I've just touched upon some of the complexity involved in purely the registry component of provider peering, says Katz. Without the registry, the whole network is simply a giant free LAN. On the other hand, the directory is not just merely an easy one-off lookup to get a single answer. Most of the environments that we see, and for which we are providing services today, involve a lot more complexity regarding the policies relating to

the access and the actual type of answer retrieved.

Now imagine the data sitting in a central registry, says Katz, such as the SPIDER registry that can push data into a private database. We strongly believe in the push model, which means that wherever possible, first, service provider A should have access to the data in service provider B's registry and that data, according to the peering policy, should be pushed out to service provider A. That means that service provider A can do an 'in-network query' of the data. There are different types of vendor-based solutions for delivering a registry-type database service in your network. We happen to provide something called a Local Directory Service, which is a highly efficient IP service that delivers thousands of queries per second, coping with literally hundreds of millions of phone numbers. It based on a high-speed, dedicated directory server specifically designed to deliver data. We also work with some of the other vendors out there such as NetNumber, Nominum, and so forth.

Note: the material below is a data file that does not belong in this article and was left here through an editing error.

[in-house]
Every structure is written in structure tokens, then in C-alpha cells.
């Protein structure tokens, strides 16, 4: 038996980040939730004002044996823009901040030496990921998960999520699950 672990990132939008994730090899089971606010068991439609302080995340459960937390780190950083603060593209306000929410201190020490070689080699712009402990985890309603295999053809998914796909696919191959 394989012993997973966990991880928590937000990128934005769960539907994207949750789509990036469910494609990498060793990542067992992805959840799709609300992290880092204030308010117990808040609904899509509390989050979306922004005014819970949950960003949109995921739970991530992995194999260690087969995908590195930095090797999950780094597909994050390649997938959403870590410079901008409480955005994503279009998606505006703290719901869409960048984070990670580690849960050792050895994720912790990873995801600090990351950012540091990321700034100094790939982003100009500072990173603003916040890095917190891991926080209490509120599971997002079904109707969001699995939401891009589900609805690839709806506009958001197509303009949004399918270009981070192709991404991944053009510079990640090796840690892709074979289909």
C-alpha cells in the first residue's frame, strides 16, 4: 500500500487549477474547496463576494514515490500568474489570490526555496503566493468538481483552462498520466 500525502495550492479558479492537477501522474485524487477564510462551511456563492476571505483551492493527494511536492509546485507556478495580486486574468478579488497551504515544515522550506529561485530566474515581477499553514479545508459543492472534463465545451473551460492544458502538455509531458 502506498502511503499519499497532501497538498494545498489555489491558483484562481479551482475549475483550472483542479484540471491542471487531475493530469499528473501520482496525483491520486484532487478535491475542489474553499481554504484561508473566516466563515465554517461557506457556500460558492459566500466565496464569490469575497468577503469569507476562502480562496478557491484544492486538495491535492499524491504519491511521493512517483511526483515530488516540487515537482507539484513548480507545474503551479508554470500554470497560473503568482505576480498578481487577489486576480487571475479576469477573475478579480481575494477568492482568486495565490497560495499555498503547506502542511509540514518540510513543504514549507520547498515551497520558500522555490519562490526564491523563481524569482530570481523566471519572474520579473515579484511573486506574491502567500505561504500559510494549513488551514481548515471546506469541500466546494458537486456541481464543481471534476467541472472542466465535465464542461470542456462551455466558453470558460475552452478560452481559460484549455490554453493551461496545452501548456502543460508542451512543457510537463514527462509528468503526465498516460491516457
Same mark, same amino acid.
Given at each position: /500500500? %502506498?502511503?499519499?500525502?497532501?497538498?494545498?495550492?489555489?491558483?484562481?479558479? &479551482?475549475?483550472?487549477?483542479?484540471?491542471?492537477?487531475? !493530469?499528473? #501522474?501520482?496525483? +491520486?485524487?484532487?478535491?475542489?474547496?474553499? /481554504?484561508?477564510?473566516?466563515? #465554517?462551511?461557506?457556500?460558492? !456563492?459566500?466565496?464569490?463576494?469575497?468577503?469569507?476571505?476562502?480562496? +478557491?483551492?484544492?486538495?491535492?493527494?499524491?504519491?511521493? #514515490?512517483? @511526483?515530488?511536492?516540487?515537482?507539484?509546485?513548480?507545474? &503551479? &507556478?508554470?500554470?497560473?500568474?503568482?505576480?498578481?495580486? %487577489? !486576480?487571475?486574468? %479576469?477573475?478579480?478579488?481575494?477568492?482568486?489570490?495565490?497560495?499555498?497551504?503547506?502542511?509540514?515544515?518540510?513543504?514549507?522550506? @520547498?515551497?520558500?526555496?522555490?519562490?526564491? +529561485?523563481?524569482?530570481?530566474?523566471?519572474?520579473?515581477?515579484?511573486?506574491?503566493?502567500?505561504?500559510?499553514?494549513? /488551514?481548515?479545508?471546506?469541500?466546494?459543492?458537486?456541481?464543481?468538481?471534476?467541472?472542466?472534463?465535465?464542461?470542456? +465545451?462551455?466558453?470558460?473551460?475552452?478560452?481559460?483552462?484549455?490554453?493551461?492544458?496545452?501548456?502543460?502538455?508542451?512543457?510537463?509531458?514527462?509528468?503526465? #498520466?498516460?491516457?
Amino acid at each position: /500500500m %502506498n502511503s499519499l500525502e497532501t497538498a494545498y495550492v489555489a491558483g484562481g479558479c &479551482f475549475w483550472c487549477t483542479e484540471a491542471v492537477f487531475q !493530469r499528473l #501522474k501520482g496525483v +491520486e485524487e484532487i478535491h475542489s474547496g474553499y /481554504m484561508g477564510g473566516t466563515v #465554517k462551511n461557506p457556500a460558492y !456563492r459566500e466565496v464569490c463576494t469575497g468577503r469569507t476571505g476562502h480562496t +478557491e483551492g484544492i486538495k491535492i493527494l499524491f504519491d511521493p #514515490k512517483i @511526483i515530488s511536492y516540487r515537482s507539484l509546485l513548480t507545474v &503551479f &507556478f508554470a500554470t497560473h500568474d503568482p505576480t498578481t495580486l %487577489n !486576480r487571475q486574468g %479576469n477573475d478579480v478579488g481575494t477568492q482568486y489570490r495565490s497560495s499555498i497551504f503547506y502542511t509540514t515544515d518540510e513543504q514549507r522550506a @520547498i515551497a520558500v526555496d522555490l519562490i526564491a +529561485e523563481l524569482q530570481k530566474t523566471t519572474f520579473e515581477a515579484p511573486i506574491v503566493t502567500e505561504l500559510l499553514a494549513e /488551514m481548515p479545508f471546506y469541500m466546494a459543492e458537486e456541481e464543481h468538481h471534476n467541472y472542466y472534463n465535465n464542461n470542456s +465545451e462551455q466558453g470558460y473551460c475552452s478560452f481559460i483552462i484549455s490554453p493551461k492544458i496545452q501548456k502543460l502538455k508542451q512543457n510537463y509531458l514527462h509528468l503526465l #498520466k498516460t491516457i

Signed, Signaled and Delivered

Then there is the matter of signaling and its relationship to VoIP peering. Signaling is the next building block in service provider-to-service provider peering. To clarify what we mean by signaling, let's once again allow XConnect's Eli Katz to explain what happens after the registry look-up process.

We've now identified where the call is going and how the call is going to travel and what type of call it is, says Katz, and what network elements are involved, and then identifying the next hop in the network. At this point you can have bilateral signaling relationships between providers. My signaling, INVITE, SIP Sessions, and whatever else, can come direct from the service provider. Or else there's a role for a federation to enable that signaling to actually take place on an intelligent multiprotocol signaling engine environment. To clarify this point, a number of our competitors in this space are mainly and/or solely focusing on the registry component, and very much from our perspective we look to deliver such data wherever it's required by the customer in a complete, holistic solution that includes the registry and the signaling components.